March 11, 2014— -- Jake Stoneking's bucket list seems quite reasonable. A hunting trip, a tattoo and a trip to the local topless bar: all doable in the 19-year-old's hometown of West Linn, Ore.
"He put stuff on there that he knows can happen," said Jake's dad, Todd Stoneking. "We know the time's coming. We know it's coming. But he's doing pretty good and we can still do a lot of things."
Jake has medulloblastoma, a rare form of brain cancer. He was diagnosed at the age of 14 after a string of unbearable headaches.
"He had a tumor removed about the size of a golf ball," Todd Stoneking said, recalling the 12-hour surgery in 2009 followed by months of radiation and chemo. "It pretty much took him down to nothing."
"I know what they mean now about heartache. It just aches."
Once a 140-pound wrestler with "six-pack abs," Jake withered to 104 pounds throughout the grueling treatment as he relearned how to walk and eat, according to his dad.
"We thought it was gone," Todd Stoneking said of the tumor in Jake's cerebellum – the brain center for balance and coordination. "They did scans every three months for a year to make sure it was gone. After that they did them every six months, and then once a year. We found out in February it was back."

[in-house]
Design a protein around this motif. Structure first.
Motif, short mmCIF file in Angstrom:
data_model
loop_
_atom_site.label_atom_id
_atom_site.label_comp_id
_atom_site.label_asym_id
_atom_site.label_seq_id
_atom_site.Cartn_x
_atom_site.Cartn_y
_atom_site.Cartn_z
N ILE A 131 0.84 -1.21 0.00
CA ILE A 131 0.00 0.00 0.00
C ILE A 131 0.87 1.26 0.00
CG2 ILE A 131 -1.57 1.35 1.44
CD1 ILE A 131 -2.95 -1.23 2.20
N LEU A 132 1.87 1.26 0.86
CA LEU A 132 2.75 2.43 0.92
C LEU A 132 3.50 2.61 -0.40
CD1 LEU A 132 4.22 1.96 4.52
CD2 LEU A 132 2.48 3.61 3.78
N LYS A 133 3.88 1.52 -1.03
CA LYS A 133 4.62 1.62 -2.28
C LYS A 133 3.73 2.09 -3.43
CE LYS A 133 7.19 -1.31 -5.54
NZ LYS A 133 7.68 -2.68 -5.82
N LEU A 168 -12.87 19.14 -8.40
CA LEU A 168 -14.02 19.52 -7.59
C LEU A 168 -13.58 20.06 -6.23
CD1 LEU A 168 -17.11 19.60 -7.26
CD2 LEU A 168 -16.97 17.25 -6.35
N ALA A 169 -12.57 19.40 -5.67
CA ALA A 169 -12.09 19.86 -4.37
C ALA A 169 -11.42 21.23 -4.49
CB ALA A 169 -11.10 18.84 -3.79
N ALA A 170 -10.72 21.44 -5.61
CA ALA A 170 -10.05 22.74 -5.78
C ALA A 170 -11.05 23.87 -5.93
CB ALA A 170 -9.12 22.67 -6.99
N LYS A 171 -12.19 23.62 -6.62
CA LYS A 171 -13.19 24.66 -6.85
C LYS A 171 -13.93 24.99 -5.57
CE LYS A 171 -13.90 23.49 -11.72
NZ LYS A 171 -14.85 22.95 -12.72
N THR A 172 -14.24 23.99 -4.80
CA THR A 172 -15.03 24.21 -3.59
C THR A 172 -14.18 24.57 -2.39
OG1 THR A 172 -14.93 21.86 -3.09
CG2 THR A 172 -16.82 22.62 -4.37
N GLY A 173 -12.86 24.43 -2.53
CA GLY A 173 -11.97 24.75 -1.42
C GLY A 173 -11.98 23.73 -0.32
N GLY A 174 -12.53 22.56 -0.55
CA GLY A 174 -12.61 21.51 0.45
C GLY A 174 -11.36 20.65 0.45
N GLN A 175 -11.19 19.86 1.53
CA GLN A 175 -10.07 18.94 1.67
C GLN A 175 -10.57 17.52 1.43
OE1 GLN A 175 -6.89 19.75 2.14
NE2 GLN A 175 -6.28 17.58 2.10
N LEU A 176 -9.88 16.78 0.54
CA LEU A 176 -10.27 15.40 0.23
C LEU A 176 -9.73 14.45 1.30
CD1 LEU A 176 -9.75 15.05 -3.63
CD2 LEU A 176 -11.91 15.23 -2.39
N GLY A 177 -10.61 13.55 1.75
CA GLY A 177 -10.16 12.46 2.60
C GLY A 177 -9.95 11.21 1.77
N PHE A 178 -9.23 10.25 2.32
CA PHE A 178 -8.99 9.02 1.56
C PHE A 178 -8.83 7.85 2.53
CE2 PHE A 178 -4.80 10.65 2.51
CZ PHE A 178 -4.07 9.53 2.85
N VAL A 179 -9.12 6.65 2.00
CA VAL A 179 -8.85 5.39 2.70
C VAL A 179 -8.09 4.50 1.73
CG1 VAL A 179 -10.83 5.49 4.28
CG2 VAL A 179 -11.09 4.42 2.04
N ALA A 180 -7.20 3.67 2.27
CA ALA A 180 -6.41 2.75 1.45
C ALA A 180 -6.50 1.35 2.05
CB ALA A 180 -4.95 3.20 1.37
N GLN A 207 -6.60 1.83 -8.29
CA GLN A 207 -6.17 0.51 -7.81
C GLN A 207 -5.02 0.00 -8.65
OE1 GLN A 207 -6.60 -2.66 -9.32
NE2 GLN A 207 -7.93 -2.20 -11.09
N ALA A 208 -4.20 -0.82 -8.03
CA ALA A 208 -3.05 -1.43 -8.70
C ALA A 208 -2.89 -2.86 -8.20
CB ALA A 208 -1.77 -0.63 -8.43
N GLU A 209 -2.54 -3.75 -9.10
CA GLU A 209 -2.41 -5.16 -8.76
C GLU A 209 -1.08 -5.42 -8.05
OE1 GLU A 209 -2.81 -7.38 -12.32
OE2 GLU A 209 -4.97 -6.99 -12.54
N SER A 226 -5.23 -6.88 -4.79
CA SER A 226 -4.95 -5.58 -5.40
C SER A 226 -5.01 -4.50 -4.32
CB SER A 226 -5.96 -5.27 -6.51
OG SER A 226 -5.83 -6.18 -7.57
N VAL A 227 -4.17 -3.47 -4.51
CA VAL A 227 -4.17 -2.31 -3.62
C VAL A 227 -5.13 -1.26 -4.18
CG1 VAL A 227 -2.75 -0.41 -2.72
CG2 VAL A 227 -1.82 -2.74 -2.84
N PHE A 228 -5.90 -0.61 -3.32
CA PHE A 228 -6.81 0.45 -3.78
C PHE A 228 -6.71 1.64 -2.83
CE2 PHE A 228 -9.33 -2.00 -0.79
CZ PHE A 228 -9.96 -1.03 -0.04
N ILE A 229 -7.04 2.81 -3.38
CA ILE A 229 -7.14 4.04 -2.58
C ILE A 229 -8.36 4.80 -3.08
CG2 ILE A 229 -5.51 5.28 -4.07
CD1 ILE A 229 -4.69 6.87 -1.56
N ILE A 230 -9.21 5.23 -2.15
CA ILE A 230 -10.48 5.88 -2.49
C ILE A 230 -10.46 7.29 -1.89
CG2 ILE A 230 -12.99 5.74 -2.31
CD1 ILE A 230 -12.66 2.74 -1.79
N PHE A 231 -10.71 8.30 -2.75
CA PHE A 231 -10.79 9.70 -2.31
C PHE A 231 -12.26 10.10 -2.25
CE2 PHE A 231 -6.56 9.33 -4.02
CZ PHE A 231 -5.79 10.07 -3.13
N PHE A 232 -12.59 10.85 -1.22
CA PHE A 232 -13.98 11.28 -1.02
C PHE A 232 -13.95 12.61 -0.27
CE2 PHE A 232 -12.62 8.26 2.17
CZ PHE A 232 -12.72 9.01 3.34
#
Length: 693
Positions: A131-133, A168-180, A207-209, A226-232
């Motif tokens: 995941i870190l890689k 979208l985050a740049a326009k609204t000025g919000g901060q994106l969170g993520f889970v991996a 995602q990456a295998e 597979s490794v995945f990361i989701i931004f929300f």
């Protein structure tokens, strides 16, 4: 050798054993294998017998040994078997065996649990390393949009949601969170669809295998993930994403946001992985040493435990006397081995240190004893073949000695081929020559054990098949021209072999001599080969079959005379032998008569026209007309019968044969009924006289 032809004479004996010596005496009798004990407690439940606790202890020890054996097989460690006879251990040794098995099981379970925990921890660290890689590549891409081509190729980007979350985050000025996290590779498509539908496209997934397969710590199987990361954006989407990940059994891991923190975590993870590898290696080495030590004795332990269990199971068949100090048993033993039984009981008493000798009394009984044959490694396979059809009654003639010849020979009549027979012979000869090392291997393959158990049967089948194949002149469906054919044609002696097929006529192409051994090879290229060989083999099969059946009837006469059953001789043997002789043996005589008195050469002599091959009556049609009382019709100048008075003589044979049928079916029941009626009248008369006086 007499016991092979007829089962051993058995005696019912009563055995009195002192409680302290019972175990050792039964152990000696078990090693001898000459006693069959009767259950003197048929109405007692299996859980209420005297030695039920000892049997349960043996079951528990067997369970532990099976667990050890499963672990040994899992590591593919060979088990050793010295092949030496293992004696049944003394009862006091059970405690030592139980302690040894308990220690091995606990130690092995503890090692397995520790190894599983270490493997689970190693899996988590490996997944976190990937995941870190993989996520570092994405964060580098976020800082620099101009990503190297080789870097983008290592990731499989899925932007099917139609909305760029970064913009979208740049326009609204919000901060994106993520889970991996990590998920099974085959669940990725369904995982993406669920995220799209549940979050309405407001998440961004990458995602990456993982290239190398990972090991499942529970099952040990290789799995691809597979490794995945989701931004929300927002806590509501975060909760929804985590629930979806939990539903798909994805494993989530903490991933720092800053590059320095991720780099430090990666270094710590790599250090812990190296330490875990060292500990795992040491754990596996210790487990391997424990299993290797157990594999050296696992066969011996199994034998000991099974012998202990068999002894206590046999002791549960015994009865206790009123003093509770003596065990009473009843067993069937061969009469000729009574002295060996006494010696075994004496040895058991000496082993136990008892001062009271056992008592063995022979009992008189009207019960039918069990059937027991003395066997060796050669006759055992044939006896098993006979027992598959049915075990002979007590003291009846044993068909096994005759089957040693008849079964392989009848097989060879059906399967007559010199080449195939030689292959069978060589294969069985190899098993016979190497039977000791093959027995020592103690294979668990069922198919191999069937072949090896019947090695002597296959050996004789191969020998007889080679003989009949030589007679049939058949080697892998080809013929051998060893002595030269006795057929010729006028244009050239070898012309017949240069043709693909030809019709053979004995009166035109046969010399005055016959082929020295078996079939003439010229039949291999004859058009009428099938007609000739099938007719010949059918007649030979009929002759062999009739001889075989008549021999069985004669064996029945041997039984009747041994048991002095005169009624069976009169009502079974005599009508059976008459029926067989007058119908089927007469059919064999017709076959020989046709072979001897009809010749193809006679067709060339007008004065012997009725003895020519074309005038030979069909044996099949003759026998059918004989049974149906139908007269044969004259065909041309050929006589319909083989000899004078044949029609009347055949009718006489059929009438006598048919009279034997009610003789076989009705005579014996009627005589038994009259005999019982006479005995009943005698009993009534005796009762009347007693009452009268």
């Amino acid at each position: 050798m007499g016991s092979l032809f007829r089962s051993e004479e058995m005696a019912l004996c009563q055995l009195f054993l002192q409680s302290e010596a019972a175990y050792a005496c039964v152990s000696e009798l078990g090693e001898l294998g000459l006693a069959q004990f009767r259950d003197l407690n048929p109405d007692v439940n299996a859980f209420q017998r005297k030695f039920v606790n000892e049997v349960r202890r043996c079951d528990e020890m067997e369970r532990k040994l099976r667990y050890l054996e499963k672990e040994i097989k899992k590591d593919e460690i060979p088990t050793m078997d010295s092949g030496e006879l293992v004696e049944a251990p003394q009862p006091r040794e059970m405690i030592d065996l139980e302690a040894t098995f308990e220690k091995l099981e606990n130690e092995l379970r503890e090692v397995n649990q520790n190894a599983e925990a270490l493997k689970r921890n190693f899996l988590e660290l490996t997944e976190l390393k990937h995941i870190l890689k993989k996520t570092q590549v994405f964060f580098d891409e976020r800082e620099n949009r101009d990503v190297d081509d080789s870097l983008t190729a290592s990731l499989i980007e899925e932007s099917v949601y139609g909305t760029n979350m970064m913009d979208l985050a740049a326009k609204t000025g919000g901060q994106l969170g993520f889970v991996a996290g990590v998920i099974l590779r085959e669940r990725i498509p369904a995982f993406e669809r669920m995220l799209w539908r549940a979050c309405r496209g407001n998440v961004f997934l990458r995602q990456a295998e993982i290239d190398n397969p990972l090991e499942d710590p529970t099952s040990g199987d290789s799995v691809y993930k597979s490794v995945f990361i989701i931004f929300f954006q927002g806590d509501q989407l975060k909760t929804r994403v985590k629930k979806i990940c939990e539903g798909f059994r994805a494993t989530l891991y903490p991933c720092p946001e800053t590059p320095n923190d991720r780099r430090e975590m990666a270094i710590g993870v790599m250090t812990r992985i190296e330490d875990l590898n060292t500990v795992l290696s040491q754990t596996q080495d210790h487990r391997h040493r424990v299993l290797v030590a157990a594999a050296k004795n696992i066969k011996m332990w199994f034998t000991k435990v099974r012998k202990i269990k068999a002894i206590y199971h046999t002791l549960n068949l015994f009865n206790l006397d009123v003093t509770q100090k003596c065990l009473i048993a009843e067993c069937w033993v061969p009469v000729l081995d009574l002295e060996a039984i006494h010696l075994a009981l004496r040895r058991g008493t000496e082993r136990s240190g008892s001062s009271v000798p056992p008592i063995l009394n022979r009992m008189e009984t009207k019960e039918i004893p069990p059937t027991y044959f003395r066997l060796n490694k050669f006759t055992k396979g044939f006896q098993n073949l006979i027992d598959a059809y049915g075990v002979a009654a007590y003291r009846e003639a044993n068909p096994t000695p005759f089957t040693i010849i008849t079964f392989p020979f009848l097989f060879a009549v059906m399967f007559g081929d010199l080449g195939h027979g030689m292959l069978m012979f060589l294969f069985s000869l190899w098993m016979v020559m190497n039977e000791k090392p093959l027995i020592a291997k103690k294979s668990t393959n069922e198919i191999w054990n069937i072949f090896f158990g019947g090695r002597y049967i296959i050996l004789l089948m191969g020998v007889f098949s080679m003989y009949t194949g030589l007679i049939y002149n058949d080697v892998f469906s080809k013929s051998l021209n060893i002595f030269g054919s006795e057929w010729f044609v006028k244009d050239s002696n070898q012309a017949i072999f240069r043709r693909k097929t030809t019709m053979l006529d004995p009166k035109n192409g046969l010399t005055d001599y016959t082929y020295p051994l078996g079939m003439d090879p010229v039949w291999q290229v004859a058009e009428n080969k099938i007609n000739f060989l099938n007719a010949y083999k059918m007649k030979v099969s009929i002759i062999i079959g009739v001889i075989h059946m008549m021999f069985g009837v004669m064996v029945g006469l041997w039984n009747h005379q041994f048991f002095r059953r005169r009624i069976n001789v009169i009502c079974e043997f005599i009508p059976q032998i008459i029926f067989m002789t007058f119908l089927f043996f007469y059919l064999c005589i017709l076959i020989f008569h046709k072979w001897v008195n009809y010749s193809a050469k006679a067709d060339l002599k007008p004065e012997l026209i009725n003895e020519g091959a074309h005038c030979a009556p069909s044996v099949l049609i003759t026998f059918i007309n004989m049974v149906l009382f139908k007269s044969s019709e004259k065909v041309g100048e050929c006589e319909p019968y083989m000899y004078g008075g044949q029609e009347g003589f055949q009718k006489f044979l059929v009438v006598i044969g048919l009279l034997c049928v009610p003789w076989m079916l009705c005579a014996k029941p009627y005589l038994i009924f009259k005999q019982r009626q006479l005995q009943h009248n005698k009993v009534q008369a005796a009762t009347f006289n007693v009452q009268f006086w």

Back with a vengeance, the tumor stretches from Jake's brain to the bottom of his spinal cord, where his nerves are "matted" with cancer, according to his dad.
"The doctor told us he'd have three months," Todd Stoneking said, adding that Jake is taking two experimental chemo drugs that could buy him an extra year. Today, the drugs are starting to take their toll.
"They said he would drop down really low Tuesday and then start feeling better Thursday," Todd Stoneking said. "They're going to do two rounds, and if it starts shrinking with these two treatments, they'll go ahead and keep treating him for up to 12 months."
Jake started his bucket list when one night he couldn't sleep, according to his dad.
"He was up late, thinking, 'I want to do this, I want to do that,'" said Todd Stoneking. "We're knocking 'em off as fast as we can and we're adding them in between."
So far Jake has checked five items off the 17-item list, including a helicopter ride and a visit to Jiggles – the local topless bar. Still left on the list: Hunting a black bear, laughing until he cries and getting "Stoneking" tattooed on his back.
"It's bittersweet," said Todd Stoneking, explaining how friends are rallying to help Jake check off the rest of Jake's bucket list. "Some 19-year-olds die in car crashes and their parents wish they could have one more day. We're getting lots of one more days."
Todd Stoneking said that Jake is not only his son, he's his best friend.
"It'd be easier if he wasn't," he said through tears. "He's an awesome kid. And I'm not just saying because he's mine. There's something about him, his infectious smile.
"I know what they mean now about heartache," he added with a shaky voice. "It just aches."